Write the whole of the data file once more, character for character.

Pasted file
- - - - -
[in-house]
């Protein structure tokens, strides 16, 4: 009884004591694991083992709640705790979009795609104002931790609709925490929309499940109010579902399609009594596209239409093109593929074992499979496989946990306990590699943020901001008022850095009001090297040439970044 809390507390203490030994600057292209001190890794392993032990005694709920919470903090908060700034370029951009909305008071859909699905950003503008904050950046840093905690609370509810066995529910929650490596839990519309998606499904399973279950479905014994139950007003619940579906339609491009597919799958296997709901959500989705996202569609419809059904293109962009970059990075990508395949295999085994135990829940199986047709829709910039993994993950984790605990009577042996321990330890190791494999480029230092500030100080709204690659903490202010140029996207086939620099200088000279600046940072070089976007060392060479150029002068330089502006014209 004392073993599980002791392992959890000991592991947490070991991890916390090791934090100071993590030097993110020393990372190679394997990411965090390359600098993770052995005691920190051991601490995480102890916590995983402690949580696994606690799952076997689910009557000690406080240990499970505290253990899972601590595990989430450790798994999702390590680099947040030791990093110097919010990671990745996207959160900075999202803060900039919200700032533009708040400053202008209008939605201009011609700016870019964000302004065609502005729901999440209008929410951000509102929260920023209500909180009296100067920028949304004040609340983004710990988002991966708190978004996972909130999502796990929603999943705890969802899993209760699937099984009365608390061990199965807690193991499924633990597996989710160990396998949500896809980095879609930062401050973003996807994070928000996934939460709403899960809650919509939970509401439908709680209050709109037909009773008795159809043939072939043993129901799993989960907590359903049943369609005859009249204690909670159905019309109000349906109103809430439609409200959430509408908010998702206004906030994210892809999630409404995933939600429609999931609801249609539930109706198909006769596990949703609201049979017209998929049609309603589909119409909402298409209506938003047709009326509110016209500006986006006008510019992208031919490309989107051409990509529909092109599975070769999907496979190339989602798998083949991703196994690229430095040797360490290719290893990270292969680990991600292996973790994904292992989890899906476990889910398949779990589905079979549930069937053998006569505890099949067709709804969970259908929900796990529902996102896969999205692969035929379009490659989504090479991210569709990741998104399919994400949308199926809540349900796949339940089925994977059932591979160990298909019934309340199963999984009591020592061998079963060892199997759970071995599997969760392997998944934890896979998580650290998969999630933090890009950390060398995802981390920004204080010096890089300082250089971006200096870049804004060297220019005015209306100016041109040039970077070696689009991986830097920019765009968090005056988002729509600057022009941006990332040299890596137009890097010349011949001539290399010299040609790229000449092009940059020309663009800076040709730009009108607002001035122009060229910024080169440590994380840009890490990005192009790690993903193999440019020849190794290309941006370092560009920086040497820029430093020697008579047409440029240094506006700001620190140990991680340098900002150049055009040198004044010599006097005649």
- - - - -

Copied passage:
[in-house]
């Protein structure tokens, strides 16, 4: 009884004591694991083992709640705790979009795609104002931790609709925490929309499940109010579902399609009594596209239409093109593929074992499979496989946990306990590699943020901001008022850095009001090297040439970044 809390507390203490030994600057292209001190890794392993032990005694709920919470903090908060700034370029951009909305008071859909699905950003503008904050950046840093905690609370509810066995529910929650490596839990519309998606499904399973279950479905014994139950007003619940579906339609491009597919799958296997709901959500989705996202569609419809059904293109962009970059990075990508395949295999085994135990829940199986047709829709910039993994993950984790605990009577042996321990330890190791494999480029230092500030100080709204690659903490202010140029996207086939620099200088000279600046940072070089976007060392060479150029002068330089502006014209 004392073993599980002791392992959890000991592991947490070991991890916390090791934090100071993590030097993110020393990372190679394997990411965090390359600098993770052995005691920190051991601490995480102890916590995983402690949580696994606690799952076997689910009557000690406080240990499970505290253990899972601590595990989430450790798994999702390590680099947040030791990093110097919010990671990745996207959160900075999202803060900039919200700032533009708040400053202008209008939605201009011609700016870019964000302004065609502005729901999440209008929410951000509102929260920023209500909180009296100067920028949304004040609340983004710990988002991966708190978004996972909130999502796990929603999943705890969802899993209760699937099984009365608390061990199965807690193991499924633990597996989710160990396998949500896809980095879609930062401050973003996807994070928000996934939460709403899960809650919509939970509401439908709680209050709109037909009773008795159809043939072939043993129901799993989960907590359903049943369609005859009249204690909670159905019309109000349906109103809430439609409200959430509408908010998702206004906030994210892809999630409404995933939600429609999931609801249609539930109706198909006769596990949703609201049979017209998929049609309603589909119409909402298409209506938003047709009326509110016209500006986006006008510019992208031919490309989107051409990509529909092109599975070769999907496979190339989602798998083949991703196994690229430095040797360490290719290893990270292969680990991600292996973790994904292992989890899906476990889910398949779990589905079979549930069937053998006569505890099949067709709804969970259908929900796990529902996102896969999205692969035929379009490659989504090479991210569709990741998104399919994400949308199926809540349900796949339940089925994977059932591979160990298909019934309340199963999984009591020592061998079963060892199997759970071995599997969760392997998944934890896979998580650290998969999630933090890009950390060398995802981390920004204080010096890089300082250089971006200096870049804004060297220019005015209306100016041109040039970077070696689009991986830097920019765009968090005056988002729509600057022009941006990332040299890596137009890097010349011949001539290399010299040609790229000449092009940059020309663009800076040709730009009108607002001035122009060229910024080169440590994380840009890490990005192009790690993903193999440019020849190794290309941006370092560009920086040497820029430093020697008579047409440029240094506006700001620190140990991680340098900002150049055009040198004044010599006097005649």